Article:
For all the focus on daily Covid bulletins and rising case numbers, the reality is that there were over 8,000 fewer deaths this January than recorded in the same month last year.
The first month of 2021 coincided with the ‘most deadly peak’ of Covid infections of the pandemic, and the worst January, in terms of death, for 13 years.
By dint of it being winter – and with much colder temperatures last year – a total of 19,670 people died last January, with one in every four deaths being attributed to Covid.
This year, 11,602 people died during January – only 992 with cause of death being recorded as Covid-19.
Mathematician Carlos Antunes puts the difference down to the vaccines, adding that “confinement and the wearing of masks could explain the reduction in mortality in other illnesses, particularly respiratory”.
With January now out of the way, Antunes believes deaths due to Covid-19 will start to fall. “The parameters point to a downward tendency for deaths”, he has told reporters.
Elsewhere in Europe countries are starting to throttle back on restrictions, with Denmark actually doing away with all of them (including Covid Digital Certificates) – and Nordic neighbours set to follow, if a little more gradually. France too has relented on some of its most draconian measures focused at the unvaccinated, while the UK has taken the decision to rescind its mandatory-jab policy for workers in the NHS (simply because if it had gone through, the loss of staff would have rendered the service unworkable).
Little by little focus on the pandemic and mandated measures (with the exception perhaps of Austria, which has made vaccinations obligatory) is being allowed to slide as the world accepts that life can go in with or without the virus.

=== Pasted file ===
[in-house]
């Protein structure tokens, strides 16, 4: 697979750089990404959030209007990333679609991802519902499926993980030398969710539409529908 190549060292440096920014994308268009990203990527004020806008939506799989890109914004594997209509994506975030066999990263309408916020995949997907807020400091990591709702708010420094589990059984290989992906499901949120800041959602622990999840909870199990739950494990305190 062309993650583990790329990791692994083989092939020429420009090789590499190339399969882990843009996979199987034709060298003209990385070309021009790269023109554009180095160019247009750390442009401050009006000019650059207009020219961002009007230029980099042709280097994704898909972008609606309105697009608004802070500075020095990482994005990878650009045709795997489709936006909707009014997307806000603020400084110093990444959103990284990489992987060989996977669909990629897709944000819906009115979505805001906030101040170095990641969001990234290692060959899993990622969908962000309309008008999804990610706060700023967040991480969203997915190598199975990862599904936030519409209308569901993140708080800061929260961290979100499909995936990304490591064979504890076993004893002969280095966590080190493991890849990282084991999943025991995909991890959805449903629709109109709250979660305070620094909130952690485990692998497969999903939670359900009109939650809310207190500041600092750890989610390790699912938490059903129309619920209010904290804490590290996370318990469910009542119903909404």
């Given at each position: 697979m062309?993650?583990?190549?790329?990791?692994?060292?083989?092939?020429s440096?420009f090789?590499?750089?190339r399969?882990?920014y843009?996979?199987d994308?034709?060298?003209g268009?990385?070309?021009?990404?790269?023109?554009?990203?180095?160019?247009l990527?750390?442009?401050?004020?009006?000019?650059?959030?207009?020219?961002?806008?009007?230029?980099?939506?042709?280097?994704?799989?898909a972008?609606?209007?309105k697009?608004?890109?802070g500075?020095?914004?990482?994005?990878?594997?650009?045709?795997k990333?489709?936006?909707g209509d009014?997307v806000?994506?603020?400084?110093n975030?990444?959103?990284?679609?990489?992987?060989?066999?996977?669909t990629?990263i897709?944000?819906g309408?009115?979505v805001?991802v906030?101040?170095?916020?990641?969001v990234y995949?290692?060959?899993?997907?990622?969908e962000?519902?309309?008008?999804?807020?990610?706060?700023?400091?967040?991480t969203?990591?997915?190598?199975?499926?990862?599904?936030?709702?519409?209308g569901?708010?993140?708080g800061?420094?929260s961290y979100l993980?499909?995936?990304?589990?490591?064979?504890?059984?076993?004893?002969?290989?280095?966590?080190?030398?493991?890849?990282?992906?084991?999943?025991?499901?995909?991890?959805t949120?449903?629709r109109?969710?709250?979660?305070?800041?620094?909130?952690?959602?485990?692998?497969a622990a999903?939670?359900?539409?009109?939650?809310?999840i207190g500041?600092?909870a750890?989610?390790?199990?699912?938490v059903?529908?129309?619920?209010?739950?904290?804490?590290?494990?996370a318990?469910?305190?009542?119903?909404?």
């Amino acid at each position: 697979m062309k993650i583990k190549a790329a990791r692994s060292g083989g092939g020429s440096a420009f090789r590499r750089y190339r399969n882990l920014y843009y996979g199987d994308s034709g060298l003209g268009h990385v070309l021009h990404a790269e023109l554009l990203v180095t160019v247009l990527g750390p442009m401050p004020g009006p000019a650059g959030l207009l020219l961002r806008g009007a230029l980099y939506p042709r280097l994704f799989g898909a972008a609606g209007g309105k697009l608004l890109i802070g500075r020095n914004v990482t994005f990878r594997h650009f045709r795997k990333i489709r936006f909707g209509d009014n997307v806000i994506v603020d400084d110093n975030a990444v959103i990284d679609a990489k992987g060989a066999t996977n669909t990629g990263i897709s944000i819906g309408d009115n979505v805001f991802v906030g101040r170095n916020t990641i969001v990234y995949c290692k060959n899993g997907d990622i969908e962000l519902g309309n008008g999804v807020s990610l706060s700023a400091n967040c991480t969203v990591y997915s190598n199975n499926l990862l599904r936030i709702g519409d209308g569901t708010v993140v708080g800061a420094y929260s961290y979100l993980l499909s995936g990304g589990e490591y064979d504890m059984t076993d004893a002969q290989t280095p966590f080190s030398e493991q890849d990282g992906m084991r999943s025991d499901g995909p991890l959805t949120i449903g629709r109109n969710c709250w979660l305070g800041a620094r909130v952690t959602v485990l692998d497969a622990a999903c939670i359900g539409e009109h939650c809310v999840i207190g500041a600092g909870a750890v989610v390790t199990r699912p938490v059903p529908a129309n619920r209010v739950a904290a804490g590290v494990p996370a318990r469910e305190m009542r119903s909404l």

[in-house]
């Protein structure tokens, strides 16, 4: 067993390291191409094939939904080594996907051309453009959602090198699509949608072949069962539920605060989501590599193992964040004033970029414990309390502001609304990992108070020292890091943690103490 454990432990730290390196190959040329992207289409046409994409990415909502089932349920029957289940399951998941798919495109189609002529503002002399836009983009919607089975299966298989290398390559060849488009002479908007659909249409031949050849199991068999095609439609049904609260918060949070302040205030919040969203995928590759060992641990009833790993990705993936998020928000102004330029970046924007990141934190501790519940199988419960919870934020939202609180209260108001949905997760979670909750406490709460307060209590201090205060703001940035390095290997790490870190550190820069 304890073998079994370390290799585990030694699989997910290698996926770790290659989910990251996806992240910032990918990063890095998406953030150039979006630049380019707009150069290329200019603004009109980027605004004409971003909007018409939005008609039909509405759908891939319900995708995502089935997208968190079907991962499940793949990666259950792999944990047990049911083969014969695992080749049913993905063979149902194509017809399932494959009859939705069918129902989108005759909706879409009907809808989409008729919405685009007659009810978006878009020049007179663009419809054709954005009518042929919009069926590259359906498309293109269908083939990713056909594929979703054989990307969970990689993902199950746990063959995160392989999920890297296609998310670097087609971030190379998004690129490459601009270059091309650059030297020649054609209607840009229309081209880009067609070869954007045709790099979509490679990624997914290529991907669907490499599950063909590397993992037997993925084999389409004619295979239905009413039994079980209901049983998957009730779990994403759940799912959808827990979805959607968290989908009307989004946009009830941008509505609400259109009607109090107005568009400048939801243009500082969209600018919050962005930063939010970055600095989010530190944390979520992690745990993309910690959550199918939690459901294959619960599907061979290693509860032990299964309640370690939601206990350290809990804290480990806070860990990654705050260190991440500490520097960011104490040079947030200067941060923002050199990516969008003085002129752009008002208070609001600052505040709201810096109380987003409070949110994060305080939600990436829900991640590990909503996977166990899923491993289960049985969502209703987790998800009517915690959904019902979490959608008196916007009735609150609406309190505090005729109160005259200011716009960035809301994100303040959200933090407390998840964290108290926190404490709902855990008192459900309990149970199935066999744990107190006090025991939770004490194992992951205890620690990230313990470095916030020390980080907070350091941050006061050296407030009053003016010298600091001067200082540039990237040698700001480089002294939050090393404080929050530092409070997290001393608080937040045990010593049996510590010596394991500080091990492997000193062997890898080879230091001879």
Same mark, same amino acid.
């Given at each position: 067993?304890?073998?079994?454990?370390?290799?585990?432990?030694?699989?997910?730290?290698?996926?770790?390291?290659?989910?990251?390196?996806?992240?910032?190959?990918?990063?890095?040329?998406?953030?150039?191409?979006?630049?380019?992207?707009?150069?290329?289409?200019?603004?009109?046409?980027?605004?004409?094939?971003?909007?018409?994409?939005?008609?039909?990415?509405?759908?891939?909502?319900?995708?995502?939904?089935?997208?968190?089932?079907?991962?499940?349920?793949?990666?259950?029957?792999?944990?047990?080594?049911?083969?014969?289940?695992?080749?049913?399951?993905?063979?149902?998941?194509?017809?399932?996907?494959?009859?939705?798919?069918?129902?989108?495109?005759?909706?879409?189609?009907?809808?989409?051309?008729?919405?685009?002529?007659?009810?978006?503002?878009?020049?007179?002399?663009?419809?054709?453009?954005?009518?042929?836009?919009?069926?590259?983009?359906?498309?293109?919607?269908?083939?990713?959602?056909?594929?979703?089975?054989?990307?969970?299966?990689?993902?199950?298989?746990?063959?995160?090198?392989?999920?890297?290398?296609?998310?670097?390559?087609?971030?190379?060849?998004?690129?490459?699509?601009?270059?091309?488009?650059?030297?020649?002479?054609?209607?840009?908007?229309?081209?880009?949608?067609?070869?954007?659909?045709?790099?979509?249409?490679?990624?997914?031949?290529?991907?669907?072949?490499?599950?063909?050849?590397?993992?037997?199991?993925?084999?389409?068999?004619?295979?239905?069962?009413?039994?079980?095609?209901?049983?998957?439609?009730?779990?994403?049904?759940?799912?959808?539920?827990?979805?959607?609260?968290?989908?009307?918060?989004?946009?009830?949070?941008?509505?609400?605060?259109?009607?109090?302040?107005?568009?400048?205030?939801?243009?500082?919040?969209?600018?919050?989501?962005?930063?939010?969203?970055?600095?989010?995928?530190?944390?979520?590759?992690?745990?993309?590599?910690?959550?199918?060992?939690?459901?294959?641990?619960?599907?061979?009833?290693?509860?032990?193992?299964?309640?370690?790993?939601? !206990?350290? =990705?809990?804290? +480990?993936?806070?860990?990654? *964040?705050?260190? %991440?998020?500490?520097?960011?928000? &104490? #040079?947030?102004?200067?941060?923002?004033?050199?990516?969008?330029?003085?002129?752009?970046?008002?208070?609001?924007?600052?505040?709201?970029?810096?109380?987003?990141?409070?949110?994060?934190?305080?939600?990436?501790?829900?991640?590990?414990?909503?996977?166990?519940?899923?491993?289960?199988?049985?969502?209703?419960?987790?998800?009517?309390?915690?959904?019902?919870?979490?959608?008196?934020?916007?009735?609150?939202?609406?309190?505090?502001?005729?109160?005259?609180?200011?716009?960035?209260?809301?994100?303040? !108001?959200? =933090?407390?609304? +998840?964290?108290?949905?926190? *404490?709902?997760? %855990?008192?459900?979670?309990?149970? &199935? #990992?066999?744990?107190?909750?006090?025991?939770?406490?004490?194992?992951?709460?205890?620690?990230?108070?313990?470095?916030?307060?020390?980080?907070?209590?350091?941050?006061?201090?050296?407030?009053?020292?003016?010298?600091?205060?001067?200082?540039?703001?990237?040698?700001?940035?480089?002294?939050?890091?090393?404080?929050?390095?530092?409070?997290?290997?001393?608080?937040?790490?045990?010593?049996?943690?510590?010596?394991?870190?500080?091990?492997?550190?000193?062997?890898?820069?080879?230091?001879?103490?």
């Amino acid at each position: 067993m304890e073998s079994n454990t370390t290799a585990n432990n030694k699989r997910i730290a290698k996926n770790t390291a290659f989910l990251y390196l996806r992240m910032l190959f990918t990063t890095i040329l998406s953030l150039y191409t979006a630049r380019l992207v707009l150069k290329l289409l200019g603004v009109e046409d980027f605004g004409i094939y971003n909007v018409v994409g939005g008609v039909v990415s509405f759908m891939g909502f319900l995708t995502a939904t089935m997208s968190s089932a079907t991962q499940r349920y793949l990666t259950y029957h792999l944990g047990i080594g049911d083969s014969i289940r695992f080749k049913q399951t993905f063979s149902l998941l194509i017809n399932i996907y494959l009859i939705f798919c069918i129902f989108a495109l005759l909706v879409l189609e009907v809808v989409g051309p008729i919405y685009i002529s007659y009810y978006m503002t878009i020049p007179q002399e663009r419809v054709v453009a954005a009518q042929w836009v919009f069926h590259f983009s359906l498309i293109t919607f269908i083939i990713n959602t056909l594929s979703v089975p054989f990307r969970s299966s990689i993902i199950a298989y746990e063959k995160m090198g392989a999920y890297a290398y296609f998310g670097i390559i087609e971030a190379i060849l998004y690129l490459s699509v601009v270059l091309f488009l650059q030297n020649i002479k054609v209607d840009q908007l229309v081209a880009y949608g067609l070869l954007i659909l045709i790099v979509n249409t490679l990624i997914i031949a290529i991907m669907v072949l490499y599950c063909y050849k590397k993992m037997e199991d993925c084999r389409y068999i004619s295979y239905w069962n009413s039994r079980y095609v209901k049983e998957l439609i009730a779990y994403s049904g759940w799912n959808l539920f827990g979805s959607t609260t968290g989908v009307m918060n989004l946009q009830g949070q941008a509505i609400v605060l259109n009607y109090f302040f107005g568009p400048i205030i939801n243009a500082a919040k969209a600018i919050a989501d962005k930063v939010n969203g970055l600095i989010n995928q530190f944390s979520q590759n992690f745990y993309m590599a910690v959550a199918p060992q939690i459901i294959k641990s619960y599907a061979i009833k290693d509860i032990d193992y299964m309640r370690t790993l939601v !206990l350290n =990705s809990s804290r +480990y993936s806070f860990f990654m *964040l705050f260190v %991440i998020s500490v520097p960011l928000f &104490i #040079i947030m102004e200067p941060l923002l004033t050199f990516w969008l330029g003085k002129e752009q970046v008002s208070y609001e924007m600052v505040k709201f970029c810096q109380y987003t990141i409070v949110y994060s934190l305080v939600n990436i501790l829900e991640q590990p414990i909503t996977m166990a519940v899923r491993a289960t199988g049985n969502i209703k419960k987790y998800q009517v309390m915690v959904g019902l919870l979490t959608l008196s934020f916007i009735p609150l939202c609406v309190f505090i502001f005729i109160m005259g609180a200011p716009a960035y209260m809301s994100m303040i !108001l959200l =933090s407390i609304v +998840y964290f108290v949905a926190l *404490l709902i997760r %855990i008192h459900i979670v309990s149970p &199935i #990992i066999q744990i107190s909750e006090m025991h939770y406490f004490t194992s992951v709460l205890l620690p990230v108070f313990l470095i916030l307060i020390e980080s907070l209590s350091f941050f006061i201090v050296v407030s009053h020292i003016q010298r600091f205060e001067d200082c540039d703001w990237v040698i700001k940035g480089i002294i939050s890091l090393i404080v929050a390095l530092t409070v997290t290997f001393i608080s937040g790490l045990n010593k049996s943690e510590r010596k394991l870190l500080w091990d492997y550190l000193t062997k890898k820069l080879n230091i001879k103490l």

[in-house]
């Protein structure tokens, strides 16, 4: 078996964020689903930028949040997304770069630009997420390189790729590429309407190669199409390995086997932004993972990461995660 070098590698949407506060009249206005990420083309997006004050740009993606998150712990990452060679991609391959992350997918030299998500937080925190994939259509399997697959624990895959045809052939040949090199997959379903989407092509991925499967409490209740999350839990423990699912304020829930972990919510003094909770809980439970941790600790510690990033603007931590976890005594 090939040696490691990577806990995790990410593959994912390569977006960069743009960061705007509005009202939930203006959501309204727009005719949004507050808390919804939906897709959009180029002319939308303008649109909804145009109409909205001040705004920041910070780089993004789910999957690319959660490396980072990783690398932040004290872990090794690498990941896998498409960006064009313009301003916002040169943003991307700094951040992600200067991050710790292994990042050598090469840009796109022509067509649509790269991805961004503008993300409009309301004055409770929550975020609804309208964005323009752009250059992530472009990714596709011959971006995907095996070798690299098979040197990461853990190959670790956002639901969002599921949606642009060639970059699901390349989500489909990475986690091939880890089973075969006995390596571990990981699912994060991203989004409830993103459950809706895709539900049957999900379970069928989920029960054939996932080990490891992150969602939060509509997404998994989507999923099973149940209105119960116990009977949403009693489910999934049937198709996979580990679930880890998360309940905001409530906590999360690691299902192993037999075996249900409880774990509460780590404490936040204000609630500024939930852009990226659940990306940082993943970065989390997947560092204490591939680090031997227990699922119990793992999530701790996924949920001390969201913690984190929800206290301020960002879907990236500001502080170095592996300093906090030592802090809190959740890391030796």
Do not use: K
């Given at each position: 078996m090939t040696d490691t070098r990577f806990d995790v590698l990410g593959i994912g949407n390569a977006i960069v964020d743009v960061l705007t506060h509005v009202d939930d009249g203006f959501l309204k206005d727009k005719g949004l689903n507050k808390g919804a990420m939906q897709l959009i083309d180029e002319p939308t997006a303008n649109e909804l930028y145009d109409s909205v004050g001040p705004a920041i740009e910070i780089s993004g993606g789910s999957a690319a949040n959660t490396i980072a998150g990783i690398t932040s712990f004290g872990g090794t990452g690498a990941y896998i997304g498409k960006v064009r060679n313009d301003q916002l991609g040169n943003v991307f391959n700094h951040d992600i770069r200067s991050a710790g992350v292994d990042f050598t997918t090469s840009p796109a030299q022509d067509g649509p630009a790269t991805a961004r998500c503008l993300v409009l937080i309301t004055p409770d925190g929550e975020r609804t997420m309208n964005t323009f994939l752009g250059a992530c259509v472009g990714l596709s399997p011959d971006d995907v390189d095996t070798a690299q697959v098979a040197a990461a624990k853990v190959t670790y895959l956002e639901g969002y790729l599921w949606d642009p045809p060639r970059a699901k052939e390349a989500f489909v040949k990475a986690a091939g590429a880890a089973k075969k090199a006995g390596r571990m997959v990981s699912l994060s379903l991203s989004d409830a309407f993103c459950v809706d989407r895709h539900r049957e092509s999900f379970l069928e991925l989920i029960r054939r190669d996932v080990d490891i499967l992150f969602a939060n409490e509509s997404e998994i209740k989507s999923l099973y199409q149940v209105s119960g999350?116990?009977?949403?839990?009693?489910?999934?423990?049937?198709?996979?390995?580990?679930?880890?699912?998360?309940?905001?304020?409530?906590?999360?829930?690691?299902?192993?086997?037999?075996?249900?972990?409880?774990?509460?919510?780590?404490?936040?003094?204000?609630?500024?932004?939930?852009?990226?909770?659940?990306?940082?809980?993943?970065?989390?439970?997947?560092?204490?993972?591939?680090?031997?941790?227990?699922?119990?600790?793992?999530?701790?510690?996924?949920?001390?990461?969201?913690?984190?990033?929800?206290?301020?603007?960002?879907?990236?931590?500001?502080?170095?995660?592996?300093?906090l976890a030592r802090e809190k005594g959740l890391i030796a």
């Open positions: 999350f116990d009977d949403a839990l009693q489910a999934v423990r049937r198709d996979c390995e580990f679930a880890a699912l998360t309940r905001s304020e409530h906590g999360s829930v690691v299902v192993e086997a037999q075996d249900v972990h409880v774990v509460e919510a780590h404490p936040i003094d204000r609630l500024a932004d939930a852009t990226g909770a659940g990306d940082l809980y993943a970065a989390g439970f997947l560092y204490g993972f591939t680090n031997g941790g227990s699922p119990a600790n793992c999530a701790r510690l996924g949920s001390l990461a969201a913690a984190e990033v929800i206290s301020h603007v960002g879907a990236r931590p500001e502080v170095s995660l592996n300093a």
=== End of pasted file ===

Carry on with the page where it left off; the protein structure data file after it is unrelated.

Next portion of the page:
CNN Portugal has been carrying positive stories about ‘experts’ and ‘specialsts’ saying it is time to do away from many of Portugal’s restrictions, suggesting the second half of February the moment to start.
Pneumologist Filipe Frões said he doesn’t believe there will be many risks with this policy as “when we open up, a large part of the population has either been vaccinated or had the infection”.
Madeira has already done away with mass-testing (something experts on the mainland have been saying for weeks should be happening here too). The archipelago has also dismantled airport testing centres and done away with the need for airline passengers to carry proof of negative tests (as long as they are in possession of valid Covid Digital Certificates).
Meantime, today’s numbers have been published by the DGS health authority: another 54,693 new infections; 33,989 ‘recoveries’ from testing positive and 56 deaths. For the full bulletin click here.